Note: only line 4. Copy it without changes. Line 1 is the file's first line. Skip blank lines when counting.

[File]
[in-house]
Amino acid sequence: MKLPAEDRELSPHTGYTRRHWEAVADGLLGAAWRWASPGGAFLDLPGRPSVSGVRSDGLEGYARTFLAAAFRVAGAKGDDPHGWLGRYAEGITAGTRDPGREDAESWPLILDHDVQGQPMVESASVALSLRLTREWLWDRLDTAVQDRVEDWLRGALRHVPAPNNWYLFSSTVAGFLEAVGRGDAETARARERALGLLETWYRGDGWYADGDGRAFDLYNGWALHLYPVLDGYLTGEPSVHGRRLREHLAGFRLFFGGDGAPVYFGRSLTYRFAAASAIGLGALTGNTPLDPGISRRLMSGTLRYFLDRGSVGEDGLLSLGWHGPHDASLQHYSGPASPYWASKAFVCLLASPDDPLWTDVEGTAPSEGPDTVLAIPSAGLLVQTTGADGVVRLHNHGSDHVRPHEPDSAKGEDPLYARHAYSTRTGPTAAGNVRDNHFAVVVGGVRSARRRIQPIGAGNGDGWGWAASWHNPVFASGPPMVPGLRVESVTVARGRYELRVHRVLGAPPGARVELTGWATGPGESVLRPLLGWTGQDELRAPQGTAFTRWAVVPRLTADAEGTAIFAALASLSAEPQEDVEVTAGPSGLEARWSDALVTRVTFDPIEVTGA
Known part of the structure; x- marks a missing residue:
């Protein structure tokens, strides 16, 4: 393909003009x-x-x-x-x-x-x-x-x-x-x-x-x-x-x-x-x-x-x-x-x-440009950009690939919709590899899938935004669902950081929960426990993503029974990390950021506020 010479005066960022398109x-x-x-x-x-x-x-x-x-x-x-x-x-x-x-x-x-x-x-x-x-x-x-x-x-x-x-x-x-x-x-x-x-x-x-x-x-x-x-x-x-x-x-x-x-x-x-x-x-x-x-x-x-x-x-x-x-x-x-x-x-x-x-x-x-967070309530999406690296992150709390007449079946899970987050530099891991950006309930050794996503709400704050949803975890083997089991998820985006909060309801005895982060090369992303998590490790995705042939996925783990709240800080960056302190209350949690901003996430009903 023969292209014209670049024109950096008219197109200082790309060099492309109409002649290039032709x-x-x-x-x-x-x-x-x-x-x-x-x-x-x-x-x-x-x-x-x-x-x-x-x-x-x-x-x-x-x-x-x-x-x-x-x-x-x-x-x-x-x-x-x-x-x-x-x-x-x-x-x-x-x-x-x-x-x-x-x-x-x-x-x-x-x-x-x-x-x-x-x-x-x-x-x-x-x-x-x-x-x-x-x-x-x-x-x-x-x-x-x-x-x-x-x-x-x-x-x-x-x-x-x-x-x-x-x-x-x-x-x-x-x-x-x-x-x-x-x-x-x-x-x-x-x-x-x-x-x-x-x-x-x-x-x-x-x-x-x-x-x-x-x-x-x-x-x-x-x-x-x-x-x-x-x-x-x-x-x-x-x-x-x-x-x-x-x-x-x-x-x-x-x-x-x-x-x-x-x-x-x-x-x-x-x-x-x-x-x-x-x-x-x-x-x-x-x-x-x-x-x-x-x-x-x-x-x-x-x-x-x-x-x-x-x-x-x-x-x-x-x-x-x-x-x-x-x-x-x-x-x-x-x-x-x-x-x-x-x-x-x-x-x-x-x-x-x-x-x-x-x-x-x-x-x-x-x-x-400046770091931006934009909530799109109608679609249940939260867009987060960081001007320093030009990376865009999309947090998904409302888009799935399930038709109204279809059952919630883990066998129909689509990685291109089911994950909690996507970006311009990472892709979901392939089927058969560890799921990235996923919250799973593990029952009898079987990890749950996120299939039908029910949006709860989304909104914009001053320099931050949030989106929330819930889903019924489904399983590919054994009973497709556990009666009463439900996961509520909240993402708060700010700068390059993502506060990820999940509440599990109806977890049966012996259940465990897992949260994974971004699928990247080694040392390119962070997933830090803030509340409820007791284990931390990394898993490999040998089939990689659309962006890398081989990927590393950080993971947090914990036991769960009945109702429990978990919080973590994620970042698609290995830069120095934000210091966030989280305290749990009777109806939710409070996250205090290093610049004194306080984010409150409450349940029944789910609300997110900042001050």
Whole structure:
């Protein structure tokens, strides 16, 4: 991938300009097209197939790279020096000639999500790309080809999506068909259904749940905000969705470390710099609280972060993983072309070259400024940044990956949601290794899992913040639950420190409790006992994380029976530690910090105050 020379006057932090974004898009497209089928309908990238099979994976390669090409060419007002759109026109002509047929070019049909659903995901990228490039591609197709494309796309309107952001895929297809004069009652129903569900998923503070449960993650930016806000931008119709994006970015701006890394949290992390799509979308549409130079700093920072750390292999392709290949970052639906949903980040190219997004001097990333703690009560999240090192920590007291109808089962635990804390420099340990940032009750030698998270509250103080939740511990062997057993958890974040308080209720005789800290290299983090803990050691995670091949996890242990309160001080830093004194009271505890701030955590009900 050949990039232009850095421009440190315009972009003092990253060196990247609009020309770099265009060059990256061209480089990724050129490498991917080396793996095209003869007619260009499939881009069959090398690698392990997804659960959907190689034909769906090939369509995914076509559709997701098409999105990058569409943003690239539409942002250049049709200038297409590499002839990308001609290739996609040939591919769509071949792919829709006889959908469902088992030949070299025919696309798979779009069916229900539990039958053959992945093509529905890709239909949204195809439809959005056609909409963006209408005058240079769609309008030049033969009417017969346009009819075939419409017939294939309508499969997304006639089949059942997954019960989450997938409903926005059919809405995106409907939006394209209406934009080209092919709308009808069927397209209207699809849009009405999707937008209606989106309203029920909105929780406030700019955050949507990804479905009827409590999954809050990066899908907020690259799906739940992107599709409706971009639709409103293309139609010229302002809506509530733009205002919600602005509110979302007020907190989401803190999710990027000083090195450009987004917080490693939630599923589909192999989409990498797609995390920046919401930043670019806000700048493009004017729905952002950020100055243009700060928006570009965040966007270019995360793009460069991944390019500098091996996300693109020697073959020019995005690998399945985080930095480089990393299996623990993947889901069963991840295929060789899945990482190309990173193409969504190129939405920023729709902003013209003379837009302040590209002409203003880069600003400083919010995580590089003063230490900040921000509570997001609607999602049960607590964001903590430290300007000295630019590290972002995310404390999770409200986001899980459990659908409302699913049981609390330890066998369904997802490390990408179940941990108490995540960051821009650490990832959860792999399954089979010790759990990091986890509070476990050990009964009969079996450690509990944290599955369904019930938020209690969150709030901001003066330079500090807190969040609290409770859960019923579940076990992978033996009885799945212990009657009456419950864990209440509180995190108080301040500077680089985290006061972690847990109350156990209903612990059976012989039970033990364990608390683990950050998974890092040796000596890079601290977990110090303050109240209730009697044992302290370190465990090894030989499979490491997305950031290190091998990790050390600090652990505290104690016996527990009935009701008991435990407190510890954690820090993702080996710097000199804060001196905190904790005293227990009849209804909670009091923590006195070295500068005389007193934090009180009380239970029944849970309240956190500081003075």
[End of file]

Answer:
């Protein structure tokens, strides 16, 4: 393909003009x-x-x-x-x-x-x-x-x-x-x-x-x-x-x-x-x-x-x-x-x-440009950009690939919709590899899938935004669902950081929960426990993503029974990390950021506020 010479005066960022398109x-x-x-x-x-x-x-x-x-x-x-x-x-x-x-x-x-x-x-x-x-x-x-x-x-x-x-x-x-x-x-x-x-x-x-x-x-x-x-x-x-x-x-x-x-x-x-x-x-x-x-x-x-x-x-x-x-x-x-x-x-x-x-x-x-967070309530999406690296992150709390007449079946899970987050530099891991950006309930050794996503709400704050949803975890083997089991998820985006909060309801005895982060090369992303998590490790995705042939996925783990709240800080960056302190209350949690901003996430009903 023969292209014209670049024109950096008219197109200082790309060099492309109409002649290039032709x-x-x-x-x-x-x-x-x-x-x-x-x-x-x-x-x-x-x-x-x-x-x-x-x-x-x-x-x-x-x-x-x-x-x-x-x-x-x-x-x-x-x-x-x-x-x-x-x-x-x-x-x-x-x-x-x-x-x-x-x-x-x-x-x-x-x-x-x-x-x-x-x-x-x-x-x-x-x-x-x-x-x-x-x-x-x-x-x-x-x-x-x-x-x-x-x-x-x-x-x-x-x-x-x-x-x-x-x-x-x-x-x-x-x-x-x-x-x-x-x-x-x-x-x-x-x-x-x-x-x-x-x-x-x-x-x-x-x-x-x-x-x-x-x-x-x-x-x-x-x-x-x-x-x-x-x-x-x-x-x-x-x-x-x-x-x-x-x-x-x-x-x-x-x-x-x-x-x-x-x-x-x-x-x-x-x-x-x-x-x-x-x-x-x-x-x-x-x-x-x-x-x-x-x-x-x-x-x-x-x-x-x-x-x-x-x-x-x-x-x-x-x-x-x-x-x-x-x-x-x-x-x-x-x-x-x-x-x-x-x-x-x-x-x-x-x-x-x-x-x-x-x-x-x-x-x-x-x-x-400046770091931006934009909530799109109608679609249940939260867009987060960081001007320093030009990376865009999309947090998904409302888009799935399930038709109204279809059952919630883990066998129909689509990685291109089911994950909690996507970006311009990472892709979901392939089927058969560890799921990235996923919250799973593990029952009898079987990890749950996120299939039908029910949006709860989304909104914009001053320099931050949030989106929330819930889903019924489904399983590919054994009973497709556990009666009463439900996961509520909240993402708060700010700068390059993502506060990820999940509440599990109806977890049966012996259940465990897992949260994974971004699928990247080694040392390119962070997933830090803030509340409820007791284990931390990394898993490999040998089939990689659309962006890398081989990927590393950080993971947090914990036991769960009945109702429990978990919080973590994620970042698609290995830069120095934000210091966030989280305290749990009777109806939710409070996250205090290093610049004194306080984010409150409450349940029944789910609300997110900042001050």